Poland, despite the ridiculously bumpy roads, is a lovely country filled with green fields, tall trees, and other such picturesque landscapes.  I found it particularly interesting that all of the smaller roads were lined with little trees, and that some of those trees had the Polish flag painted on them.

Anyway, we finally arrived at our destination of Zagan, and immediately set out on a new quest: to find the location of the Stalag Luft 3 prisoner-of-war camp.  If you're a fan of The Great Escape (either the movie or the book), that name should sound familiar to you.  And for good reason.  Stalag Luft 3 is where the real Great Escape took place.  And, in case you're wondering, "Stalag Luft" basically translates to "a prisoner-of-war camp for pilots".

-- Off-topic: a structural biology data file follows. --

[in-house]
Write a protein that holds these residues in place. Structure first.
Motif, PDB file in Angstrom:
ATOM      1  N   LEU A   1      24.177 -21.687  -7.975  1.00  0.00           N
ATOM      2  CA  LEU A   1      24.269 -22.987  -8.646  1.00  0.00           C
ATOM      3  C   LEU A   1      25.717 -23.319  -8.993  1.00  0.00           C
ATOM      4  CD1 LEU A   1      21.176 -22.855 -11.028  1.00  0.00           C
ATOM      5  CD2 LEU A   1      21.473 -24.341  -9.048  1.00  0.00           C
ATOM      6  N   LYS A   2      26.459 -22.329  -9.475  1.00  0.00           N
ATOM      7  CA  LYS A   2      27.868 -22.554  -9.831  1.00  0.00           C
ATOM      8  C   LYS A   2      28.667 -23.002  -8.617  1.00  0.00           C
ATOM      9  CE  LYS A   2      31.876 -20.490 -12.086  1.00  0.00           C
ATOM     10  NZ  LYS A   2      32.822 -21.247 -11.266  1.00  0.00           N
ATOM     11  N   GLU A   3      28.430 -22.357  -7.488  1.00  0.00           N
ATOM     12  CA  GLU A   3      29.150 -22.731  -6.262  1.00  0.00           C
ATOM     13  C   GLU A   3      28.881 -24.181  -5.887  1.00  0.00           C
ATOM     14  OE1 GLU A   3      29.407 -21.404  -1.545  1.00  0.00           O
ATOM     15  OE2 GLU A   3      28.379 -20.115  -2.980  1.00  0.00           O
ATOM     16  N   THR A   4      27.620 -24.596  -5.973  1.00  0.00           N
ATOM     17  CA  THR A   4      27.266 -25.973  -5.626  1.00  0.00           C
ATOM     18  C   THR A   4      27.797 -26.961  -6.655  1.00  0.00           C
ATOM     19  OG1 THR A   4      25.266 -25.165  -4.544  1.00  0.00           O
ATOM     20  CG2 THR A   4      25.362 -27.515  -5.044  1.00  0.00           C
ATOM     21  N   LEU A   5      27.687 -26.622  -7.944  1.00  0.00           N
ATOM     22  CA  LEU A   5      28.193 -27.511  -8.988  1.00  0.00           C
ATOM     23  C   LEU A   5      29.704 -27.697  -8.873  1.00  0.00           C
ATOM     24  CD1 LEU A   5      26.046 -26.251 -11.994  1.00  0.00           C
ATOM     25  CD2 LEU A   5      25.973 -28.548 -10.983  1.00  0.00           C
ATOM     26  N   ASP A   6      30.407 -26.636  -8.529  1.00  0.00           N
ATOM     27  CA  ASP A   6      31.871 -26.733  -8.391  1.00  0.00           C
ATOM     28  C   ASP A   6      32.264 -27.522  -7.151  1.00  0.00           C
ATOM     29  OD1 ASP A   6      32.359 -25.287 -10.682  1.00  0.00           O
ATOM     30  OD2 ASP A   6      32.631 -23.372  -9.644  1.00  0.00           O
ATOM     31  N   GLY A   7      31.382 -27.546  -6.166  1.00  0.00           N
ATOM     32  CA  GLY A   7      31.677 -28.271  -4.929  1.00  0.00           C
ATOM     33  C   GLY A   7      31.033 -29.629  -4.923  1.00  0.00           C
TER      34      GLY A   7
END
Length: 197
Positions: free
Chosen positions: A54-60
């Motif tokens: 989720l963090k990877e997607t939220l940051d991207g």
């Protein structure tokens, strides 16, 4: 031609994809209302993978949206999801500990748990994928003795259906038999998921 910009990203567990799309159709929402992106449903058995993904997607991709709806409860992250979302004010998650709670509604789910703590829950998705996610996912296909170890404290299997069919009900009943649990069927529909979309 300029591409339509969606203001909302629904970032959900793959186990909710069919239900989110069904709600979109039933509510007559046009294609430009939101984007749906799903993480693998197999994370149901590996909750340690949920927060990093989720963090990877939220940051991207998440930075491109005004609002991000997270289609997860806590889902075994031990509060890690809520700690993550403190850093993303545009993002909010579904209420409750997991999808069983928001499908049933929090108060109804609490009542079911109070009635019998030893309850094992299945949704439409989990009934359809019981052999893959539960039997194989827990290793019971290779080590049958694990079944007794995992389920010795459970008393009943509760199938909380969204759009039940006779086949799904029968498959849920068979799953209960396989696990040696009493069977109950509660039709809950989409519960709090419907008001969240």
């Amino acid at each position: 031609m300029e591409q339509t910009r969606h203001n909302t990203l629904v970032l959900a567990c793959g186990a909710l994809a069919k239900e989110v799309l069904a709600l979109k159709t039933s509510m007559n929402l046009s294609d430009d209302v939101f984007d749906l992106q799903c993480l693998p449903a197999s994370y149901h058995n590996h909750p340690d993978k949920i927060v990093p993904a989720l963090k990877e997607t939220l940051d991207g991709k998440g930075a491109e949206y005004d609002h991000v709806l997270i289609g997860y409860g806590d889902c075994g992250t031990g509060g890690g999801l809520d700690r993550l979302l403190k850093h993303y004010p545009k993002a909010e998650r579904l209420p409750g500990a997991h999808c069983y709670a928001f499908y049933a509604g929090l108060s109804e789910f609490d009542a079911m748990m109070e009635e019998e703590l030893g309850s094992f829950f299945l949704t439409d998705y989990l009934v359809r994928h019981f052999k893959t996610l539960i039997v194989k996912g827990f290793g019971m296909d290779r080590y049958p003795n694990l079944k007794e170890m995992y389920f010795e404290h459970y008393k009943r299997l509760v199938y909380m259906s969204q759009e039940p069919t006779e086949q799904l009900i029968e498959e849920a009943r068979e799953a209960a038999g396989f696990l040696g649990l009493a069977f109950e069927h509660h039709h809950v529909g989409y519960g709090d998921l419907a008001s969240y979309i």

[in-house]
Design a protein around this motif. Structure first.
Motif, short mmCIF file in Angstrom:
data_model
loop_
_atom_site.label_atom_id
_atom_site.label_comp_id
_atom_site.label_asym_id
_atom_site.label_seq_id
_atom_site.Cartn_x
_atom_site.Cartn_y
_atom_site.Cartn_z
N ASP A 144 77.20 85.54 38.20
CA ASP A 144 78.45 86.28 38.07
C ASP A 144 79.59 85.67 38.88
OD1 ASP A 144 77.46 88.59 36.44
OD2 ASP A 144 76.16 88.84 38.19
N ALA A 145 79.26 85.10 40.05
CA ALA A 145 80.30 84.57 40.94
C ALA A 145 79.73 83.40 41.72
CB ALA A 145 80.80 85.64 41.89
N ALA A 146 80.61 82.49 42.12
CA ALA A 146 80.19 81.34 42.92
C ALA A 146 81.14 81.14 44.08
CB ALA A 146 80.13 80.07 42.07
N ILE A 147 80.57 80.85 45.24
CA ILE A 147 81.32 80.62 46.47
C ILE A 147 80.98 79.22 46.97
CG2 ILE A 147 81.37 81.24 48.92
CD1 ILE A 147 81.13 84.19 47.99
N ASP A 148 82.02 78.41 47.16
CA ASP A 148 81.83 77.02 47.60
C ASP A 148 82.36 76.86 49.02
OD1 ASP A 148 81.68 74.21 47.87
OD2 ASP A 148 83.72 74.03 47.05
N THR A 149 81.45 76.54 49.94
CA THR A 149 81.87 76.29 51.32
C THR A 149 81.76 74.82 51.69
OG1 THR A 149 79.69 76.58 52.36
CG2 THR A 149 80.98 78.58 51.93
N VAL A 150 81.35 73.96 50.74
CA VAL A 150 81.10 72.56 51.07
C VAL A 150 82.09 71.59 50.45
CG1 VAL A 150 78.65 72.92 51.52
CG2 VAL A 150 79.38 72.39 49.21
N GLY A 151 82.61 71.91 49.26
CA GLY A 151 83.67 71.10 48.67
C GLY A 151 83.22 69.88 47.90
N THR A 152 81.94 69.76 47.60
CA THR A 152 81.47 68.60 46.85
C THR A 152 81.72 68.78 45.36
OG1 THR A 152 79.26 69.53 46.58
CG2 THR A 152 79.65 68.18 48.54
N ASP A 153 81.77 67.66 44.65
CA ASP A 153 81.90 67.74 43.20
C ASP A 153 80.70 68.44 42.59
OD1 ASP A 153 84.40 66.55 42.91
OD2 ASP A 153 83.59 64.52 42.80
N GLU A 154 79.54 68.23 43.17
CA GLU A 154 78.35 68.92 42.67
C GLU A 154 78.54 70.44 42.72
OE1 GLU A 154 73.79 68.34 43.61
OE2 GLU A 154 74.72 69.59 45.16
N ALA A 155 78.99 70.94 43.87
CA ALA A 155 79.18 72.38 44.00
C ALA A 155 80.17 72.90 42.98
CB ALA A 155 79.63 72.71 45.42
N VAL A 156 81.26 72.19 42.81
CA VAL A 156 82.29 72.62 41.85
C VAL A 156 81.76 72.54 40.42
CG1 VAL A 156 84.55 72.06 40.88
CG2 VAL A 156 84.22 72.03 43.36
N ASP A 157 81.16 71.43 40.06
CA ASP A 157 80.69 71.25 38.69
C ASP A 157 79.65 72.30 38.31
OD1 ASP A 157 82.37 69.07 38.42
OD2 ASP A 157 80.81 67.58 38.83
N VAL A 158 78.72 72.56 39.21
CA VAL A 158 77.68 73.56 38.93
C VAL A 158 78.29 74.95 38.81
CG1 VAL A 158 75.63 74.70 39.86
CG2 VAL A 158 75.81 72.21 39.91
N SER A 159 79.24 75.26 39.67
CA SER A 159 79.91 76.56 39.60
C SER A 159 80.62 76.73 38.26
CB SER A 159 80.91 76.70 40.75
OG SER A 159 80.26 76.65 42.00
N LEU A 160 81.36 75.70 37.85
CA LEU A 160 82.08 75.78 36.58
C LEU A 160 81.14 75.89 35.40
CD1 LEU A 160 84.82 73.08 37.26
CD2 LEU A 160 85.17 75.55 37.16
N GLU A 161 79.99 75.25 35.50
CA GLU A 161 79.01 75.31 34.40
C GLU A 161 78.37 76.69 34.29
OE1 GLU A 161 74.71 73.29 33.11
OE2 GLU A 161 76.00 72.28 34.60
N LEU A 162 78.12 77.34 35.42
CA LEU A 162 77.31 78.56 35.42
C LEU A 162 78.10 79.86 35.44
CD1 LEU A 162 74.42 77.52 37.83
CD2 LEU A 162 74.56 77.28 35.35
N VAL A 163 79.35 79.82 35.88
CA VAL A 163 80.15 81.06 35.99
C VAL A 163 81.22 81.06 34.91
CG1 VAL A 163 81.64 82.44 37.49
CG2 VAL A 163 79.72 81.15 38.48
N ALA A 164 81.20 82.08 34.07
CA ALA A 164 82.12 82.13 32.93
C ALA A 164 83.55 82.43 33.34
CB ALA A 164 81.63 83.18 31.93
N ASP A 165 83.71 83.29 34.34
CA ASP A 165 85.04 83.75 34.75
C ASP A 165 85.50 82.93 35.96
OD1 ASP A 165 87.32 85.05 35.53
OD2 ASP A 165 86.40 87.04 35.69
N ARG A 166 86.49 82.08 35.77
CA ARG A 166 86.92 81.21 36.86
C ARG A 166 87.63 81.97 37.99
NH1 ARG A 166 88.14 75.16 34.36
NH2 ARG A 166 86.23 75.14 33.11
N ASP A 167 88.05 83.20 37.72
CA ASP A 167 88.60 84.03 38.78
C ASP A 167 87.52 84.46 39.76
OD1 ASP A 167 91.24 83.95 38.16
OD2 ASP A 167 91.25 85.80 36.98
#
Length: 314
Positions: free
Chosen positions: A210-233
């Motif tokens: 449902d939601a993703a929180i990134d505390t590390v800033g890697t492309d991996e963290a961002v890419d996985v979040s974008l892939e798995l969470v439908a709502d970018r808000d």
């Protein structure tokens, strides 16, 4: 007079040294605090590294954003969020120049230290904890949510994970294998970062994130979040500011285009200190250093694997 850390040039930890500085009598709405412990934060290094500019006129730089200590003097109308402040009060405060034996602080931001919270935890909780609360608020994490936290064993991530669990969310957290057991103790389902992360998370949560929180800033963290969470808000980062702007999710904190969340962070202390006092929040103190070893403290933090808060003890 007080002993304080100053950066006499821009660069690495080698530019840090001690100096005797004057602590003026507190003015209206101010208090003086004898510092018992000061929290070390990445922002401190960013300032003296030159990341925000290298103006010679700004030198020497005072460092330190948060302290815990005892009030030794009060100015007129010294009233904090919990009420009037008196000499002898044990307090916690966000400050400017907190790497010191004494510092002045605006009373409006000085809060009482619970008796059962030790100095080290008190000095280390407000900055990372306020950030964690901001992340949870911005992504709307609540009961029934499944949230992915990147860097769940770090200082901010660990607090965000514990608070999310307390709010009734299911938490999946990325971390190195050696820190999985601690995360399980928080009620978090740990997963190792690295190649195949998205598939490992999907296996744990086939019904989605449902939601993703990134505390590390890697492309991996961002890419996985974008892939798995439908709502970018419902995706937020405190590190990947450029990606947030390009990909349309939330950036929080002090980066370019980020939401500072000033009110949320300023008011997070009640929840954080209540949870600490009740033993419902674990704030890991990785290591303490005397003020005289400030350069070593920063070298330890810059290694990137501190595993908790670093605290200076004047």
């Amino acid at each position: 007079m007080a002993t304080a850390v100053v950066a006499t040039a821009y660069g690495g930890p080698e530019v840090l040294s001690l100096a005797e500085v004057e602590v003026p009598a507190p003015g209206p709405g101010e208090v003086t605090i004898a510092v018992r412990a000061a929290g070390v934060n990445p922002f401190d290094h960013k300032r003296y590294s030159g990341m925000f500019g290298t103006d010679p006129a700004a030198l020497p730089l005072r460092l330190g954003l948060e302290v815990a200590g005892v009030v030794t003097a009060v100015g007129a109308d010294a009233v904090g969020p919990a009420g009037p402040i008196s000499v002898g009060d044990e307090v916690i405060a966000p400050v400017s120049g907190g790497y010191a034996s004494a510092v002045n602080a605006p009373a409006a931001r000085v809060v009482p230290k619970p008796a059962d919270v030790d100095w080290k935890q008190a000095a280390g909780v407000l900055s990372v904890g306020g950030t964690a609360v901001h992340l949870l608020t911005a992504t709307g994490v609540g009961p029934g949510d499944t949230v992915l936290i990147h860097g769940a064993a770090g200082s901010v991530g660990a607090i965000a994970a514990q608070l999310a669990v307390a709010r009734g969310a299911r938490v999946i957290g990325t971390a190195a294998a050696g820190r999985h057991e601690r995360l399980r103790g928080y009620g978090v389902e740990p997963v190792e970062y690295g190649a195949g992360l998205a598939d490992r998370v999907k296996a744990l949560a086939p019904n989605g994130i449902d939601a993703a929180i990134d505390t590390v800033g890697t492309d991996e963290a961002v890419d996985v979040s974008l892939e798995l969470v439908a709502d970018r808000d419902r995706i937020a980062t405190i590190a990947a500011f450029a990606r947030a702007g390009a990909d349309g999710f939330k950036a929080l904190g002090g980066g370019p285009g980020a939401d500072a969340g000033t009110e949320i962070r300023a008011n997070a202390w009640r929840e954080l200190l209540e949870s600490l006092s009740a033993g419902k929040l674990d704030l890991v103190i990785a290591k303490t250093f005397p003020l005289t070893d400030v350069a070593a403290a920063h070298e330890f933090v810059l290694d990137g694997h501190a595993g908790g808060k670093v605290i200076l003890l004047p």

I'll admit, Stalag Luft 3 is the whole reason we went to Poland in the first place.

Finding it, however, became an issue because the directions to the site (and the museum that now sits where the camp used to be) are not clearly marked...AT ALL.  At first, it felt like we were going in circles.  Then we finally found a road sign pointing us in the direction of Stalag Luft, which led us down a rough and bumpy dirt road through a sparsely populated region of the Zagan area.

Our tour guide commented that the surrounding woods reminded him of the Blair Witch Project, so I couldn't help but ask if we were in any danger of getting eaten by zombie witches.  I believe everyone thought that was funny.

Just when we were starting to get convinced that we were heading in the wrong direction, we came upon a paved main road with another sign pointing in the direction of Stalag Luft.  Ironically, this sign also led to a bumpy dirt road through the Polish woods.  So, there we were again, in the middle of nowhere, hoping against all hope that our adventure would prove fruitful.